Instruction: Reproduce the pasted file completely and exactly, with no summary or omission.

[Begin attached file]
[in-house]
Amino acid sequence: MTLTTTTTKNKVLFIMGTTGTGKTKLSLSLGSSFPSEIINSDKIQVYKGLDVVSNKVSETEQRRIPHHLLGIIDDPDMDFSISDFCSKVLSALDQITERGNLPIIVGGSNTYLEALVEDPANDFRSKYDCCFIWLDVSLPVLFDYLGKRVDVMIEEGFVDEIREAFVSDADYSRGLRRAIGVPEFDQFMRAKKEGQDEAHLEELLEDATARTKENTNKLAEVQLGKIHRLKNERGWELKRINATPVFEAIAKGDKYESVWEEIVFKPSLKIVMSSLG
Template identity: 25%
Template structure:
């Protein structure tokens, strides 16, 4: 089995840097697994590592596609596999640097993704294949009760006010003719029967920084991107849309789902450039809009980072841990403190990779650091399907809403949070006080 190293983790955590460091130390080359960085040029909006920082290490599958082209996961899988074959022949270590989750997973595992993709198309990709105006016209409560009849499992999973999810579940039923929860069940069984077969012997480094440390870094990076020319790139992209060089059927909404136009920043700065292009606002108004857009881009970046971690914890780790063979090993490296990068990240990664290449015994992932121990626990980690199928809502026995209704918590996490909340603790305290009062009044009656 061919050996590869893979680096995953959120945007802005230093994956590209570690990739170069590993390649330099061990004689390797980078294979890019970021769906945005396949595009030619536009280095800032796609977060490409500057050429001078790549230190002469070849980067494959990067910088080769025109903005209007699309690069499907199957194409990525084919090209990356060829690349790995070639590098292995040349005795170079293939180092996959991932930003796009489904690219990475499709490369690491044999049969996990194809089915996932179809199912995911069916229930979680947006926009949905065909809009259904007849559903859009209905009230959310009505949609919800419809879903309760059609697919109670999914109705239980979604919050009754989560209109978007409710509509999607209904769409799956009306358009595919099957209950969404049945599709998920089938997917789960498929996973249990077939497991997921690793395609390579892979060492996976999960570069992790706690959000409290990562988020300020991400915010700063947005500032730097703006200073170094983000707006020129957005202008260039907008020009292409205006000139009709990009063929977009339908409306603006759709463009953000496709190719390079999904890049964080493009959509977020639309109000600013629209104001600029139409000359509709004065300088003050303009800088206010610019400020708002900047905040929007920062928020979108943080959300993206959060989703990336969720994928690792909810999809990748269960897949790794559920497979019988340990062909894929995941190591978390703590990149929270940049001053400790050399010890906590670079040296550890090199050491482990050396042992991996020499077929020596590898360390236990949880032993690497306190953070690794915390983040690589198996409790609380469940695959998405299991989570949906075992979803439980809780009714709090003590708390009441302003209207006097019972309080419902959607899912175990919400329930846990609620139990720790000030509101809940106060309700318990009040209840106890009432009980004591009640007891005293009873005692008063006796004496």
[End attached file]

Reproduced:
[in-house]
Amino acid sequence: MTLTTTTTKNKVLFIMGTTGTGKTKLSLSLGSSFPSEIINSDKIQVYKGLDVVSNKVSETEQRRIPHHLLGIIDDPDMDFSISDFCSKVLSALDQITERGNLPIIVGGSNTYLEALVEDPANDFRSKYDCCFIWLDVSLPVLFDYLGKRVDVMIEEGFVDEIREAFVSDADYSRGLRRAIGVPEFDQFMRAKKEGQDEAHLEELLEDATARTKENTNKLAEVQLGKIHRLKNERGWELKRINATPVFEAIAKGDKYESVWEEIVFKPSLKIVMSSLG
Template identity: 25%
Template structure:
């Protein structure tokens, strides 16, 4: 089995840097697994590592596609596999640097993704294949009760006010003719029967920084991107849309789902450039809009980072841990403190990779650091399907809403949070006080 190293983790955590460091130390080359960085040029909006920082290490599958082209996961899988074959022949270590989750997973595992993709198309990709105006016209409560009849499992999973999810579940039923929860069940069984077969012997480094440390870094990076020319790139992209060089059927909404136009920043700065292009606002108004857009881009970046971690914890780790063979090993490296990068990240990664290449015994992932121990626990980690199928809502026995209704918590996490909340603790305290009062009044009656 061919050996590869893979680096995953959120945007802005230093994956590209570690990739170069590993390649330099061990004689390797980078294979890019970021769906945005396949595009030619536009280095800032796609977060490409500057050429001078790549230190002469070849980067494959990067910088080769025109903005209007699309690069499907199957194409990525084919090209990356060829690349790995070639590098292995040349005795170079293939180092996959991932930003796009489904690219990475499709490369690491044999049969996990194809089915996932179809199912995911069916229930979680947006926009949905065909809009259904007849559903859009209905009230959310009505949609919800419809879903309760059609697919109670999914109705239980979604919050009754989560209109978007409710509509999607209904769409799956009306358009595919099957209950969404049945599709998920089938997917789960498929996973249990077939497991997921690793395609390579892979060492996976999960570069992790706690959000409290990562988020300020991400915010700063947005500032730097703006200073170094983000707006020129957005202008260039907008020009292409205006000139009709990009063929977009339908409306603006759709463009953000496709190719390079999904890049964080493009959509977020639309109000600013629209104001600029139409000359509709004065300088003050303009800088206010610019400020708002900047905040929007920062928020979108943080959300993206959060989703990336969720994928690792909810999809990748269960897949790794559920497979019988340990062909894929995941190591978390703590990149929270940049001053400790050399010890906590670079040296550890090199050491482990050396042992991996020499077929020596590898360390236990949880032993690497306190953070690794915390983040690589198996409790609380469940695959998405299991989570949906075992979803439980809780009714709090003590708390009441302003209207006097019972309080419902959607899912175990919400329930846990609620139990720790000030509101809940106060309700318990009040209840106890009432009980004591009640007891005293009873005692008063006796004496």